Column: Tax increase poor treatment

I’ll say this right up front: I’m not eager to pay several hundred dollars more per year in taxes to feel better about flushing the toilet.

I’ll say this right up front: I’m not eager to pay several hundred dollars more per year in taxes to feel better about flushing the toilet.

After decades of debate, bad publicity, many studies and one rejected referendum, Greater Victoria is about to spend $782 million on secondary sewage treatment.

For me, reality hit home when the Capital Regional District’s sewage committee released numbers that showed the possible tax hike for the average property. Living in a condo in Victoria, that’s about $300 or the high $200s (the average is $353) for my household. For my friends with a young family in Langford, it’s in the ballpark of $330. For my retired parents in Saanich, it’s an extra $230. If you are on a fixed income like they are, that’s a noticeable hit to one’s personal finances.

Looking back at the history of sewage treatment in Victoria, it’s hard to pry apart the ideology from the science, and what actually makes sense financially and environmentally.

Greater Victoria actually had a sewage referendum in November 1992. Residents had the option of paying nothing, paying an extra $232 in taxes per $100,000 of their property value (for primary treatment) or paying $336 per $100,000 of property value (for secondary treatment, which is what we are buying today).

If voting yourself a massive tax hike isn’t doomed to fail, I don’t know what is. Is it reasonable to expect that a person with a $200,000 home would voluntarily take on nearly $700 in extra taxes?

I’m pretty sure I voted for no tax hike back then, which, from one perspective, helped pass the buck to the current generation and my future self. Thanks for nothing, 1992.

Back then too, people in Washington State got all uppity about Victoria flushing its screened sewage into the Strait of Juan de Fuca. Some Americans even boycotted coming to Victoria, which was a credible threat when the U.S. dollar was worth something.

B.C. and Washington State banded together and funded a 1994 study that found effluent concentrations off Victoria mostly flowed over from Vancouver and Seattle, despite both cities having basic sewage treatment. The study found that discharges from Victoria had a “negligible” effect on the waters in the strait. Victoria isn’t at fault and we can blame Vancouver? Money well spent.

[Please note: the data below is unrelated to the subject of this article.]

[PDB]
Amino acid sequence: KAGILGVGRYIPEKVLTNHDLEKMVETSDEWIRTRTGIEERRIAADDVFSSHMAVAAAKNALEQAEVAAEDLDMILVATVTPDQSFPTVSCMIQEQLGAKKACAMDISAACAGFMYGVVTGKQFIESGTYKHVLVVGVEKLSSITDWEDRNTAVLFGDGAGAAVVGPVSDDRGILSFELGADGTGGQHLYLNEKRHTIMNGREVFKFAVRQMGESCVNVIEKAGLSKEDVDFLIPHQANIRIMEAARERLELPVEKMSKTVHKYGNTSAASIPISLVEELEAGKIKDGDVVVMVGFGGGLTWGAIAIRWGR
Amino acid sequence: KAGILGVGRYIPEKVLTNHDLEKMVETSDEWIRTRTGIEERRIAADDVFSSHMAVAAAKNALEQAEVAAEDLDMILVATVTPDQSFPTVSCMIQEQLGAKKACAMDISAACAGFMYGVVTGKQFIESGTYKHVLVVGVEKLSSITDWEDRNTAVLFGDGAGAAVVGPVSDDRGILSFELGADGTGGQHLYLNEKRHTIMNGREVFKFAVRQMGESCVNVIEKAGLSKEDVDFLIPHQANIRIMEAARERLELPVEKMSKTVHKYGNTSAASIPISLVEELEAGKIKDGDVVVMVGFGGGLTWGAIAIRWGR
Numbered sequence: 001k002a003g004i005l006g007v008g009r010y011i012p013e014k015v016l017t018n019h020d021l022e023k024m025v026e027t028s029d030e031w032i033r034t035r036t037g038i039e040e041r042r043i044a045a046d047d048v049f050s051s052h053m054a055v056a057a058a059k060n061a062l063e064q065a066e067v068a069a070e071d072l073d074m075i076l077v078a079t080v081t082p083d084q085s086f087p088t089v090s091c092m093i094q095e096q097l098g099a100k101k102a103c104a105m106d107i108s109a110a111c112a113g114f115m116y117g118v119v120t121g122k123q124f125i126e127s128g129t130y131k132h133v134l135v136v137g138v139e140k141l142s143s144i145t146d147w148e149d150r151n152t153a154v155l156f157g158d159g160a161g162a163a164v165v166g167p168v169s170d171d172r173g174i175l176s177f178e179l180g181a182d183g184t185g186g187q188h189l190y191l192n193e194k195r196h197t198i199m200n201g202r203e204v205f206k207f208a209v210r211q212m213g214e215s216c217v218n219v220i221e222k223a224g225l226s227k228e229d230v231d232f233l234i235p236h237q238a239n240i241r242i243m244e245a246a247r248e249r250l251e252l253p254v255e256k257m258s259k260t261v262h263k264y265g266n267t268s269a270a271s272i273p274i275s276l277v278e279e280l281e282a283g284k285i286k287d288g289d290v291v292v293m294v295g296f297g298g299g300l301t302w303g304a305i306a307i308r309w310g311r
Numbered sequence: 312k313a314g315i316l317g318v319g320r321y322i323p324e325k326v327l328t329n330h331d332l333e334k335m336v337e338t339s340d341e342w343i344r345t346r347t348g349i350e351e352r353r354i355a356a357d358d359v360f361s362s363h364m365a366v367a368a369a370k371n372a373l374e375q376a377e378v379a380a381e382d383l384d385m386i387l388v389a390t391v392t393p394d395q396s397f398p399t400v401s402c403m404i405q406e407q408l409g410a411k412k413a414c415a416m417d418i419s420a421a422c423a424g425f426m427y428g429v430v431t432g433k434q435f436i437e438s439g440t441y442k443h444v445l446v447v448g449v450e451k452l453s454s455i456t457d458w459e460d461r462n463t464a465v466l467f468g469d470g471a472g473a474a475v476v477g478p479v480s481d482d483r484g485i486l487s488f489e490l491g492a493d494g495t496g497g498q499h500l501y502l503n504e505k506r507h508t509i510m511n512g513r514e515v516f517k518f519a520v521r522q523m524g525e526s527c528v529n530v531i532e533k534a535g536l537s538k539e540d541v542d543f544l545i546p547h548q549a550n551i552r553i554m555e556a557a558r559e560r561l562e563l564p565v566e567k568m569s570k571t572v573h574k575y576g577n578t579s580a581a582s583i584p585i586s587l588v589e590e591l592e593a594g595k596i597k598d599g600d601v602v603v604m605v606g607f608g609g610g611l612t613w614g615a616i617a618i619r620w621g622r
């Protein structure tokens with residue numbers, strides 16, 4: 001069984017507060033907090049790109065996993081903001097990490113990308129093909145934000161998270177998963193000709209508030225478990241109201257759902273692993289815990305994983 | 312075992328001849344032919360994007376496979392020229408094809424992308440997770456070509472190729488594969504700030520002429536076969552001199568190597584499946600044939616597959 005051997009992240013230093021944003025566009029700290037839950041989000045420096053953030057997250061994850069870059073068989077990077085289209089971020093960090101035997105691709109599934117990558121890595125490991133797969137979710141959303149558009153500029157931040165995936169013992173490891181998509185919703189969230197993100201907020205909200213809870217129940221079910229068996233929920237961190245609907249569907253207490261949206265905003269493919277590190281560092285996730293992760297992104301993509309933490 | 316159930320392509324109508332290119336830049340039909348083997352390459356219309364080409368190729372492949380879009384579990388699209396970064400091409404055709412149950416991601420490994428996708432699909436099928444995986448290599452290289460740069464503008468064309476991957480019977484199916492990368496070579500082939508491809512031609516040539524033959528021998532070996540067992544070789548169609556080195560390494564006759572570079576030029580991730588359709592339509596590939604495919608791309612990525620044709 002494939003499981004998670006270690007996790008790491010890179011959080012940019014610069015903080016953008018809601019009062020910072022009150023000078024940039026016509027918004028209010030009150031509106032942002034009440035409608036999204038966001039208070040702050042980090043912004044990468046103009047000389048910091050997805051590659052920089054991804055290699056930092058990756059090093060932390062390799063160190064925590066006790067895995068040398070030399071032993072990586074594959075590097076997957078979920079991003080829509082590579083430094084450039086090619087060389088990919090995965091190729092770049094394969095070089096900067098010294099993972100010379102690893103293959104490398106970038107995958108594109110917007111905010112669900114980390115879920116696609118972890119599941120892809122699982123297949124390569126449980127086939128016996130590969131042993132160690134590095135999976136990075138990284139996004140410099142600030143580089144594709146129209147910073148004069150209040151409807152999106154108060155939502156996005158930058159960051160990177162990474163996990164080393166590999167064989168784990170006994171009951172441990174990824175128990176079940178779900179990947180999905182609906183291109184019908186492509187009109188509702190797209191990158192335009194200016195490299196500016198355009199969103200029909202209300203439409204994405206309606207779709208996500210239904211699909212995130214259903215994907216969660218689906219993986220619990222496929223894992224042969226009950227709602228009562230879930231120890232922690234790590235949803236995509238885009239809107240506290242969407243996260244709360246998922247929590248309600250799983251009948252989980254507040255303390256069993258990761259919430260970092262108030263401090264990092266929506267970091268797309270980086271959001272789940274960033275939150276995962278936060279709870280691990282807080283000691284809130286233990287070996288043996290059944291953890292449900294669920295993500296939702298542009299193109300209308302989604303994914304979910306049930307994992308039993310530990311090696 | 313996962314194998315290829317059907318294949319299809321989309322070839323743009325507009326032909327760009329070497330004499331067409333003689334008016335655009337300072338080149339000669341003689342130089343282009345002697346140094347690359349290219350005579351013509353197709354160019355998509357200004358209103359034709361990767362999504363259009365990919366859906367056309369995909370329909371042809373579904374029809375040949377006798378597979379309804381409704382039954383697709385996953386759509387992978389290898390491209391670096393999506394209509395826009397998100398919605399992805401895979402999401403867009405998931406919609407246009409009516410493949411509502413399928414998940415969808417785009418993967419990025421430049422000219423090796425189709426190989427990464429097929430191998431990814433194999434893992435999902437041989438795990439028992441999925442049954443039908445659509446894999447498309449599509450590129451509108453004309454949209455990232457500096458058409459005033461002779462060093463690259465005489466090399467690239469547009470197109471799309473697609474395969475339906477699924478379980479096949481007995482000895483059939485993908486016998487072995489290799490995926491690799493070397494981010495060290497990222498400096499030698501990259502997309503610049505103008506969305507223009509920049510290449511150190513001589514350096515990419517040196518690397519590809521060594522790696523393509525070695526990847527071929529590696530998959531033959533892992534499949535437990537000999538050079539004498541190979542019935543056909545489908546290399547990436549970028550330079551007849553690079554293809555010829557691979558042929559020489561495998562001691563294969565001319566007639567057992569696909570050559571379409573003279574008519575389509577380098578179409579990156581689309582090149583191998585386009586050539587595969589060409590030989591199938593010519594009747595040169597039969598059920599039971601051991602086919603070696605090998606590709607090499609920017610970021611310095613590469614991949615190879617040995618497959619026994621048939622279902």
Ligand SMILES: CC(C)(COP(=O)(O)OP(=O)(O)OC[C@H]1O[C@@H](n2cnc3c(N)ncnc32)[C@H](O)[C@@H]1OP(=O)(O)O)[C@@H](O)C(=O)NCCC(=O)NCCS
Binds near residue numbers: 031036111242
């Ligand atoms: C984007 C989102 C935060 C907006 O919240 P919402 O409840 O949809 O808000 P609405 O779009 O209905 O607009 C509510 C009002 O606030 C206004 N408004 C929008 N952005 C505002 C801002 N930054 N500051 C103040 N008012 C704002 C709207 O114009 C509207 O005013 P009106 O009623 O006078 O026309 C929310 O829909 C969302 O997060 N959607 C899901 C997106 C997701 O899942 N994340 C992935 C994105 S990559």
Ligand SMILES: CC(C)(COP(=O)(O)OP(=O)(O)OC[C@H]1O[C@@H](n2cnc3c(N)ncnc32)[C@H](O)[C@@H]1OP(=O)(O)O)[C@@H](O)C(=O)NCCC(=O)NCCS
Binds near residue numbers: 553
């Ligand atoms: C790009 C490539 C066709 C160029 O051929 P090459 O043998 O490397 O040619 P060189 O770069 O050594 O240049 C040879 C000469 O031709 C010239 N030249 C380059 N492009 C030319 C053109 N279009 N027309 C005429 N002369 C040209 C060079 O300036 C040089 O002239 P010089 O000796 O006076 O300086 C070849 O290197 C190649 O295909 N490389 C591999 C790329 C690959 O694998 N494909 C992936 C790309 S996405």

In 2005 I was working at the Ladysmith Chronicle when I met Mr. Floatie (a.k.a. James Skwarok), the famously effective mascot that upended science and the existing rationale with poop humour. Soon after, I called a CRD environmental staffer, who, clearly annoyed and for the millionth time, explained how the Juan de Fuca Strait diluted and flushed Victoria’s effluent to little discernible effect on the marine environment.

A few years later and after the province ordered secondary sewage treatment, the CRD’s official stance flipped 180 degrees. That must have taken quite a bit of employee re-education over at the Fisgard Street office. Repeat after me: “Screened sewage is bad, secondary sewage treatment is good …”

A major independent scientific review in 2006 on the impact of dumping screened sewage into the ocean agreed that the Strait of Juan de Fuca is pretty good at flushing effluent away, and that bacteria plumes only rise to the surface during major rain events. Basically, the risk to human health is minimal, unless you are swimming laps offshore in a storm.

The report didn’t let the city off the hook – it said Victoria’s contribution of contaminants is probably minor, but the CRD needed much better information on the toxicity and impact on the marine environment near the outflows. It didn’t recommend sewage treatment outright, but said flushing wastewater into the strait isn’t a long-term solution.

It’s tough to argue against that. But is jumping to expensive secondary treatment necessary? If some form of sewage treatment is inevitable, the tax burden needs to be phased in incrementally. Victoria is expensive enough. Suddenly raise taxes by $300 and something will hit the fan.